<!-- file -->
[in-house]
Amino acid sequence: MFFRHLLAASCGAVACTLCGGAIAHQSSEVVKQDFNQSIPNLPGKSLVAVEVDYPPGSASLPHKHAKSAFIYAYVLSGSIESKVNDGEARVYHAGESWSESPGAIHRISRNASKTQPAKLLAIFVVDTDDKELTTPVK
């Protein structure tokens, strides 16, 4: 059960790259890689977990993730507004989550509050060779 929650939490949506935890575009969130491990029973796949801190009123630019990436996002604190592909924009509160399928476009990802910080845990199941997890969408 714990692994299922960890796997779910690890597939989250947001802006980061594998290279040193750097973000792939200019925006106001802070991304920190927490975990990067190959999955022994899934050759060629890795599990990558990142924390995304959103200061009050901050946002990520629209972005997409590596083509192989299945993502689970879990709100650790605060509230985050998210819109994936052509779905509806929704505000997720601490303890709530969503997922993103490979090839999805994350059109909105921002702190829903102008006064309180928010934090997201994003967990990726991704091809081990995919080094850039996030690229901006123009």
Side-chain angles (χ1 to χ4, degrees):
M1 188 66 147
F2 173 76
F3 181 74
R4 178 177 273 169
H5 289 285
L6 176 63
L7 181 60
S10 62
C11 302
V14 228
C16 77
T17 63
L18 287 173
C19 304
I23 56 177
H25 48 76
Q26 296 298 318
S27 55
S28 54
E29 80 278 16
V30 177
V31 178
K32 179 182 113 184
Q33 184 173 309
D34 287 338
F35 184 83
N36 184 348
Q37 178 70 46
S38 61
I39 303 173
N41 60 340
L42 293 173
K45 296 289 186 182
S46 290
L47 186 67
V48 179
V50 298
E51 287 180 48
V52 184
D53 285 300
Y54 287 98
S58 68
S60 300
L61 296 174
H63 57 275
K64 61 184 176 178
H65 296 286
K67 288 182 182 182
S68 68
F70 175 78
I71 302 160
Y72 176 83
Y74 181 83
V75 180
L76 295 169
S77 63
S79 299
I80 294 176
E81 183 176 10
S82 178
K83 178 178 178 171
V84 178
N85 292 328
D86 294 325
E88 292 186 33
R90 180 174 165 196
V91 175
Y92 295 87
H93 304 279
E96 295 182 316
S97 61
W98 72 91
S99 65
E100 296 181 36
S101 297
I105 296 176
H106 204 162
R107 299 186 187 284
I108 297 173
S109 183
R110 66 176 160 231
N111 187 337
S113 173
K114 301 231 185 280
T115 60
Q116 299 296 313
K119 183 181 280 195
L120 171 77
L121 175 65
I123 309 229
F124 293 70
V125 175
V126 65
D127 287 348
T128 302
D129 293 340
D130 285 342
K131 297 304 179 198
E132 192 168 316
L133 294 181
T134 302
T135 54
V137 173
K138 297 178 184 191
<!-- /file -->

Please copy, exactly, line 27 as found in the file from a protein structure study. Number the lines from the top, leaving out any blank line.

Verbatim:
K32 179 182 113 184